One of the beautiful things about a big city is its simple ability to give audience to the things that are happening in the wider world of the rest of the country.
And so it was that I attended a book launch about an art gallery in the Northern Cape that was doing unusual and brilliant things to reach out to people across the province.
The book is Outreach, a South African art gallery’s response to a changing world, by David Robbins “with the assistance of the staff of the William Humphrey’s Art Gallery”. It was produced by Porcupine Press and showcased at the Indie Book Fair in March this year.
I went because I love books. And I went because I also love meeting their authors and being among other people who love books.
But this ended up being so much more — as adventures of even the smallest kind often do. It was about art and transformation, about ordinary people and yet exceptional individuals; it was a reminder of the importance of joy, and how, amid hardship we may still find the seeds of our humanity.
The William Humphrey’s Art Gallery in Kimberley has taken to heart its mission to be a source of change in South Africa. Not only does it actively support local art at the heart of its collection (and I’m told it has one the highest percentages of budget spend on art acquisition of any public gallery in the country), but four times a year its staff set off on a journey around the Northern Cape to bring art, and the joy of doing art projects, to even the quietest and remotest of places.
The beauty of this project is clearly revealed in the book by the photos and stories so memorably contained within. But it is all the more lovingly captured by the very personal and evocative writing style of local author David Robbins, who brings the physical and emotional texture of the experience to life so vividly.
The launch evening started very poignantly with David sharing his views that art in South Africa should not by default be about relaying elite European art to a local audience (and which can be quite confounding unless one has studied European expressionism or impressionism before entering the gallery). Moreover, that art need not be about aesthetics, but is endlessly more meaningful and powerful when allowed to be about the expression of the individual.
And here the audience came into contact with the unique brand of egalitarianism that the gallery and David so exemplified in their project, as they simply stated “art is for everyone, because art is in everyone”.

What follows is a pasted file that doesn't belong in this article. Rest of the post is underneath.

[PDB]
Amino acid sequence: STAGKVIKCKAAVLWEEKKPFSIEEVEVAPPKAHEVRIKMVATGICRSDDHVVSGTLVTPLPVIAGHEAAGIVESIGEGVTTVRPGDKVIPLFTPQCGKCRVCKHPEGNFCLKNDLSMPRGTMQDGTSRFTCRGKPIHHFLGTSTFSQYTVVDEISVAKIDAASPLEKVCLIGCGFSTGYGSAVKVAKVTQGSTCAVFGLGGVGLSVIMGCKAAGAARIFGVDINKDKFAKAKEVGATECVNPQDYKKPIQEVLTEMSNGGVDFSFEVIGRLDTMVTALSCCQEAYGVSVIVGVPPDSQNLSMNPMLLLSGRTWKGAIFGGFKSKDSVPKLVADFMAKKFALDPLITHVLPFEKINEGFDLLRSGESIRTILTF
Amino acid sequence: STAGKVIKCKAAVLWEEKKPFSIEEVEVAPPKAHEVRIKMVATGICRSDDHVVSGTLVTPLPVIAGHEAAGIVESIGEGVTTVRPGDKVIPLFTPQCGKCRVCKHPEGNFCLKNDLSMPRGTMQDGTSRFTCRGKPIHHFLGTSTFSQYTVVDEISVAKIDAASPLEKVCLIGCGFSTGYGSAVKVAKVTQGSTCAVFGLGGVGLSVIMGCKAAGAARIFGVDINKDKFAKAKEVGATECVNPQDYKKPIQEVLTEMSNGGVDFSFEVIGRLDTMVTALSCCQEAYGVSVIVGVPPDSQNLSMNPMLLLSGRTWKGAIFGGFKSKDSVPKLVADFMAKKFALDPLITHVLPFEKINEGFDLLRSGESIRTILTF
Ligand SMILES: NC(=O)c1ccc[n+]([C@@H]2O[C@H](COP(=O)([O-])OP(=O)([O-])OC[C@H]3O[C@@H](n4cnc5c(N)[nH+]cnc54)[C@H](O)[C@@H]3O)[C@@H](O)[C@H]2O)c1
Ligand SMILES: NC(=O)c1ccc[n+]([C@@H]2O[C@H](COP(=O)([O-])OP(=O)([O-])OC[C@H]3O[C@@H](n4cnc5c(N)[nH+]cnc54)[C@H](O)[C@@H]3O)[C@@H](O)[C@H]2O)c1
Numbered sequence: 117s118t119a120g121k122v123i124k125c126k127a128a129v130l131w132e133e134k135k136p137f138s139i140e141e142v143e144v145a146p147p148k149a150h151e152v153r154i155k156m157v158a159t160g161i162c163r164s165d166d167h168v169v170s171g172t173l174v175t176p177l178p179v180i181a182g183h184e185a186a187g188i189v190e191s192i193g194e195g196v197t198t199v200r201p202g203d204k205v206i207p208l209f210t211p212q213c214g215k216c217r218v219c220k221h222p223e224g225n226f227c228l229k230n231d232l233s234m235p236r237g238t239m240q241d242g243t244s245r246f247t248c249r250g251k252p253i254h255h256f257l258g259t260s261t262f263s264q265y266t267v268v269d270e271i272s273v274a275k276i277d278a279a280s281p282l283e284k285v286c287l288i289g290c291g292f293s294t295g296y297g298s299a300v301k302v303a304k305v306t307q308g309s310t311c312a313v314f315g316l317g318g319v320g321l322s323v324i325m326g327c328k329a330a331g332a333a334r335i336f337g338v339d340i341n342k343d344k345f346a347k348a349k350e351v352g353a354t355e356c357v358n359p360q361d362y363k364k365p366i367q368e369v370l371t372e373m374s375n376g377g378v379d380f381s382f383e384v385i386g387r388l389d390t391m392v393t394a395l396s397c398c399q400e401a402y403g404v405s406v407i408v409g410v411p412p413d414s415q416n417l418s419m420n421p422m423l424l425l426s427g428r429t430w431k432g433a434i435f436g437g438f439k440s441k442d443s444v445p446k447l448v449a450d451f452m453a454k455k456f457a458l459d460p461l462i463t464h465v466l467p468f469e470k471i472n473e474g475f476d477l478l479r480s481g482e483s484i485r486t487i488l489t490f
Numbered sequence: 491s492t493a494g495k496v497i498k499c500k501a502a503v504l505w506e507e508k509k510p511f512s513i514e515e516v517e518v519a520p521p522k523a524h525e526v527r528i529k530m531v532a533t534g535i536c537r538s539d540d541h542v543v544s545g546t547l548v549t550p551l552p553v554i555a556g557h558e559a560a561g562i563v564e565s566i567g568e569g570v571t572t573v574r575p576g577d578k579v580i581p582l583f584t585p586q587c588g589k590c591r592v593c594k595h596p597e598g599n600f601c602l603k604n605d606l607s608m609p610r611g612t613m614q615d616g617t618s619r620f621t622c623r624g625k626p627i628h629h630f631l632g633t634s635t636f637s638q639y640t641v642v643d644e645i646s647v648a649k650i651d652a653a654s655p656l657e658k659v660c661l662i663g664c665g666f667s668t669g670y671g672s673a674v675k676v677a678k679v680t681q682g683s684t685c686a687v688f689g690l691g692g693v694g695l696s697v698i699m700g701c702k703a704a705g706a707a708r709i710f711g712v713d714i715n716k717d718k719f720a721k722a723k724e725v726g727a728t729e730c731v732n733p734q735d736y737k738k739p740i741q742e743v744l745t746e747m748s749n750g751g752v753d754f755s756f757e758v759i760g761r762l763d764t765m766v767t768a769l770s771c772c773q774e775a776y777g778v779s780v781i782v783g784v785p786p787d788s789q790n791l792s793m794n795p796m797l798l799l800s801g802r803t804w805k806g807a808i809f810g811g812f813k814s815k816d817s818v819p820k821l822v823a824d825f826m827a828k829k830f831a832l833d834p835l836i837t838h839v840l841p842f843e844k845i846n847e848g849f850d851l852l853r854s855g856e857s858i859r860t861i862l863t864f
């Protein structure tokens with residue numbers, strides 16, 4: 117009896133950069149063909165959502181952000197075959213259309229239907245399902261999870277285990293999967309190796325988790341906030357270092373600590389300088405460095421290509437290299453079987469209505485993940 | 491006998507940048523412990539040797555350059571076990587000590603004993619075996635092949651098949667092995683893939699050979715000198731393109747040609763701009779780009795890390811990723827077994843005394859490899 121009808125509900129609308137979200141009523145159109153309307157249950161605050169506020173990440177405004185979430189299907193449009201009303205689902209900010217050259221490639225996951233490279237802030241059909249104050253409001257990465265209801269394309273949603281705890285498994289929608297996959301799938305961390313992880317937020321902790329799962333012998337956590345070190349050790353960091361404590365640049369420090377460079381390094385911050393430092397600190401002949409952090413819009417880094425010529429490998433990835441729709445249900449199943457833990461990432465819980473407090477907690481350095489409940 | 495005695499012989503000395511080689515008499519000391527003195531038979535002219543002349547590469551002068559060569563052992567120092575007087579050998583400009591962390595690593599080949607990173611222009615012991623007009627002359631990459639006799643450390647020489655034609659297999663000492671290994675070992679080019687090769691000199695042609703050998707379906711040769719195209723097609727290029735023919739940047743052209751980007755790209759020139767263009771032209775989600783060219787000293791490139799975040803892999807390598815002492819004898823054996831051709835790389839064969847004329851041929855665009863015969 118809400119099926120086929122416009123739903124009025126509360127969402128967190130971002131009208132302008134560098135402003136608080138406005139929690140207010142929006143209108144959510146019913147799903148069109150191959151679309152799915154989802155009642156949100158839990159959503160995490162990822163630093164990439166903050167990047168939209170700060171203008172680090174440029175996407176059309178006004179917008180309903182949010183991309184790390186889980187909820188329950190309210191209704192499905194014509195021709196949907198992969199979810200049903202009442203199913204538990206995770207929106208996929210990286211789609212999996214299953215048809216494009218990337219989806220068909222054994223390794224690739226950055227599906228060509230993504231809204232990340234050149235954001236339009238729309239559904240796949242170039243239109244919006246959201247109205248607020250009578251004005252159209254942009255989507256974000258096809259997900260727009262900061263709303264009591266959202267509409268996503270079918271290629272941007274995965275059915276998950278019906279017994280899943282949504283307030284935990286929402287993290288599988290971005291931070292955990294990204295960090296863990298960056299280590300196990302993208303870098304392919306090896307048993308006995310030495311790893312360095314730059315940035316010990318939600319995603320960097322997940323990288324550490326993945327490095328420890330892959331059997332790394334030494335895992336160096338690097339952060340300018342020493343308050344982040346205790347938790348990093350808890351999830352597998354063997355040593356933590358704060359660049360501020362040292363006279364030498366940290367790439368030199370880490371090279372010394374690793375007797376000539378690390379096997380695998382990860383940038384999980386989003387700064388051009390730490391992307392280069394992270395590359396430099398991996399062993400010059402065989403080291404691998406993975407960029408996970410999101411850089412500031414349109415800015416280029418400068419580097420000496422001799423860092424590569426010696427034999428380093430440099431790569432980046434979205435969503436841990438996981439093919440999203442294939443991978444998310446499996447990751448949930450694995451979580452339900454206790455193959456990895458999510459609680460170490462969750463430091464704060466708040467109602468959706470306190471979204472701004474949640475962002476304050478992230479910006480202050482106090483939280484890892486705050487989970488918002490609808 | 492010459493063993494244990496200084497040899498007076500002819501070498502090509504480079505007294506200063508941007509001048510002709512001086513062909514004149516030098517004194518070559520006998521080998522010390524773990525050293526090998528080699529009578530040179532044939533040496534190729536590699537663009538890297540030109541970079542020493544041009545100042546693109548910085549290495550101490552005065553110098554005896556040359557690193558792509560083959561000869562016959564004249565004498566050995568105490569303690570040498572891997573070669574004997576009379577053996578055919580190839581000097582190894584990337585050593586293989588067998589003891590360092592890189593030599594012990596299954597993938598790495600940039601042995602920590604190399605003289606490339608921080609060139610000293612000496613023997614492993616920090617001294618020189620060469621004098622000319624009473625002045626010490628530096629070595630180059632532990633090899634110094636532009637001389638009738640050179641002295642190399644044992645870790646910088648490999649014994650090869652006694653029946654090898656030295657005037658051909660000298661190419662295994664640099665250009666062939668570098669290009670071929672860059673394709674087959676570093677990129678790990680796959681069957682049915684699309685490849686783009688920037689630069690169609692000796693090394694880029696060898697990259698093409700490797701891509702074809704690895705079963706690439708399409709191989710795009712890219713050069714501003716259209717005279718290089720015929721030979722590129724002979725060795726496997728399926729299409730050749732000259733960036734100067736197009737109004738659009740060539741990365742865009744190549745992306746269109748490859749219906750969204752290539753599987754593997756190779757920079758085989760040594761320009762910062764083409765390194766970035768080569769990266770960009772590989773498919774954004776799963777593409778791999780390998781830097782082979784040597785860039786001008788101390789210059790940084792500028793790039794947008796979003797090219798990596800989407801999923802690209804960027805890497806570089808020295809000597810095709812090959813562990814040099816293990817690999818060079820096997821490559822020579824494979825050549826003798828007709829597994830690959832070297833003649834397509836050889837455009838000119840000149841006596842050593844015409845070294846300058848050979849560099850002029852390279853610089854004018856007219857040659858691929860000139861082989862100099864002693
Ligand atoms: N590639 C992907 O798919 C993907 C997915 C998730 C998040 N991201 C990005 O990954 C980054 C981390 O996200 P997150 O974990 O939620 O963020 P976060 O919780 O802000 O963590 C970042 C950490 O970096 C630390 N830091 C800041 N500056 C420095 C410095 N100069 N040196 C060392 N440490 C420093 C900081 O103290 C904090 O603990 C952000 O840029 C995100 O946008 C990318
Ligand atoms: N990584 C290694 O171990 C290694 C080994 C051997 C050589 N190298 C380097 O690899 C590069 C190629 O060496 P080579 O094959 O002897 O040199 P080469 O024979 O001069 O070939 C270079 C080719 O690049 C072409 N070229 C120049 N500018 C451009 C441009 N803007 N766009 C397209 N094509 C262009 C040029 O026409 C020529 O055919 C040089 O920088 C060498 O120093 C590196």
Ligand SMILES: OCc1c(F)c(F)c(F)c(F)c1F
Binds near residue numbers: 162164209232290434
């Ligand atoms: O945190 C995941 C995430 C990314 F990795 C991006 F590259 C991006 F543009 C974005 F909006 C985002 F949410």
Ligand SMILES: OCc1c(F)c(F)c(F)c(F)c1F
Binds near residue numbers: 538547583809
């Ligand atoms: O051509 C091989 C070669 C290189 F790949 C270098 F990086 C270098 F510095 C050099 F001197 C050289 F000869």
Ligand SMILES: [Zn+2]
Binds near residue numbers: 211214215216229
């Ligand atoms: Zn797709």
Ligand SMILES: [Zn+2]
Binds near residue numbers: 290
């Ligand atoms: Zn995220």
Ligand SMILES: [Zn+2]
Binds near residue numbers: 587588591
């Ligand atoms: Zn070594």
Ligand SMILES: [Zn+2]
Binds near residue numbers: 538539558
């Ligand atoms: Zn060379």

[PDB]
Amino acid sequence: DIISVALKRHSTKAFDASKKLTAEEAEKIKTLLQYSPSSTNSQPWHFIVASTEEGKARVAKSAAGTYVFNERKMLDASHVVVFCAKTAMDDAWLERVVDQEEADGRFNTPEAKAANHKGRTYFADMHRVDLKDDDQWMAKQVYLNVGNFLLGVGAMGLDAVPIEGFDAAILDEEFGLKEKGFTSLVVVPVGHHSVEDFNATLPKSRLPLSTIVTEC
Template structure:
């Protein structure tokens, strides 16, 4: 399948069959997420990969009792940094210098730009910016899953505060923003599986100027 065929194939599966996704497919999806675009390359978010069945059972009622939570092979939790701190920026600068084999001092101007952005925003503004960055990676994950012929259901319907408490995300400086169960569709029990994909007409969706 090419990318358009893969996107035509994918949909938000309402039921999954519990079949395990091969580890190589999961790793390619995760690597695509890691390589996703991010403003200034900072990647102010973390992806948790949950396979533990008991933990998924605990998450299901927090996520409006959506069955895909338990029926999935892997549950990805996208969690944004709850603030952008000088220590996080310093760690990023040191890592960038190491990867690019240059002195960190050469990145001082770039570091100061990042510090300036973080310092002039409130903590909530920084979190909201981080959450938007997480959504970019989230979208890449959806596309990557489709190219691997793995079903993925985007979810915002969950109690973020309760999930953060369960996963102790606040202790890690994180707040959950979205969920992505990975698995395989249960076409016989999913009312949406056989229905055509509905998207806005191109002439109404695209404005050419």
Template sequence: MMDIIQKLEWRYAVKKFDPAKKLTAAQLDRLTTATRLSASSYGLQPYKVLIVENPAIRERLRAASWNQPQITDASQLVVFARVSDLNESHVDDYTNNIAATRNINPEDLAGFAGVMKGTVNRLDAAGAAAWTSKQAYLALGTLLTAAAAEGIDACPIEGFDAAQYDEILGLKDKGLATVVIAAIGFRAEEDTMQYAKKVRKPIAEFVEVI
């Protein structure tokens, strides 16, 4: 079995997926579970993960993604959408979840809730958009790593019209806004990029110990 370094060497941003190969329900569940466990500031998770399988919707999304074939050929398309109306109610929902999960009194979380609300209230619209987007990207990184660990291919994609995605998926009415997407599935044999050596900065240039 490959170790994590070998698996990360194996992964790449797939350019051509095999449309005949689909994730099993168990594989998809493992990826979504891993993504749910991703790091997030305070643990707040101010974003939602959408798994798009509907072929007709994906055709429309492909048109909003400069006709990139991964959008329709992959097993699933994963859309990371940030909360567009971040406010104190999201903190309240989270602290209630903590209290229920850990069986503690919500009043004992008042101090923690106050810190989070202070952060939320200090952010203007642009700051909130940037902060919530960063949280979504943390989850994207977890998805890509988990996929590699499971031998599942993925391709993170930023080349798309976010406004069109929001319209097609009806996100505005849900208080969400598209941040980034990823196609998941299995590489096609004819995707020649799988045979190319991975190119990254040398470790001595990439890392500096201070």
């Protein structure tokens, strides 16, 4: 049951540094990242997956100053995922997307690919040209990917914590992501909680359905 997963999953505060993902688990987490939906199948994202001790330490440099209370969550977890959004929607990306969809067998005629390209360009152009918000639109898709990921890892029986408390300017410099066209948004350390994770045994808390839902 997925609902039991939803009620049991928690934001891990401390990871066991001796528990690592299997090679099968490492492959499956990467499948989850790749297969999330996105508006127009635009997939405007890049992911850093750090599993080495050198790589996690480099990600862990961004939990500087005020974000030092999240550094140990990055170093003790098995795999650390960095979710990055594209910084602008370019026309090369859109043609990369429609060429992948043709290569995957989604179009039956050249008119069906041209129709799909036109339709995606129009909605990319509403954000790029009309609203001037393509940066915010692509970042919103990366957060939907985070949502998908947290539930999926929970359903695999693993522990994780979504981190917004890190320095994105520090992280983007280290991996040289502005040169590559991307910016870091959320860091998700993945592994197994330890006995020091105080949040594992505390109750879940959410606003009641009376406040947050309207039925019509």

This was more than just a mantra or a philosophy. The outreach journeys literally live out this truth. By going into schools and communities with just art supplies and encouragement, the visits give individuals an opportunity to create something — anything — that reflects a little piece of themselves. Their experiences, their thoughts and feelings, their relationship with life, or perhaps their personal message for the world. The pages of Outreach reveal this story, over and over at each stop across the Northern Cape, and with each page compounding the lesson that David and the Gallery express quite earnestly, “it’s got to do with making sense of things”.
This was something I found myself instantly relating to. It is also my experience of all types of art forms, whether listening to music, reading a book, or getting lost in a movie. There’s always an element of valuing most that moment when something strikes a chord, drawing out a feeling or experience, giving it expression and identity, and at the same time a certain reassurance that one is not alone in one’s experiences and perhaps, just a human being after all.
And so the project team summed up their mission, “it’s been a staggering experience. Without our central conviction of the importance of people receiving art and doing it and being stimulated by the receiving and the doing, what would be the point? Anyway, this is how we have interpreted our mission statement. Our job as the outreach team is to infiltrate the desert”.
The story of Outreach is by no means told with rose-tinted glasses or with a “happily ever after” ending for all involved. The gritty reality of the lives of poverty and hardship in the places visited is laid bare, and not with much sense that a brighter or better future is necessarily on its way.
David sensitises us to this in the book when he reflects on the journey at a particular point, “that was a remarkable image. The deserts of the Northern Cape lay on the surface of the image: the red dunes of the Kalahari, the massive rocks and mountains of the far west and Springbok and Okiep; but underneath lay the real important image. There existed that other desert, an internal desert of alienation and unconscious loss”.
A project team member put it all the more eloquently when exhorting that “the arts can do so much for people. They are like a mirror. They can bring contemplation and understanding and a broader view”. And furthermore, that art serves “the fundamental human desire to communicate perceptions concerning ourselves and our interdependent place in the world”.
Profound this may be. But it is entirely necessary for all of us to understand. To ignore what it is that we carry within ourselves impoverishes not only ourselves, but others too, who may have benefitted from the sharing. But a man much wiser than me who lived many moons ago put it much more starkly when he warned in general of life, “if you bring out what is within you, it will liberate you. If you do not bring out what is within you, it will destroy you”. Luckily, for those in the path of the gallery’s mission, an opportunity for such liberation is at least in store.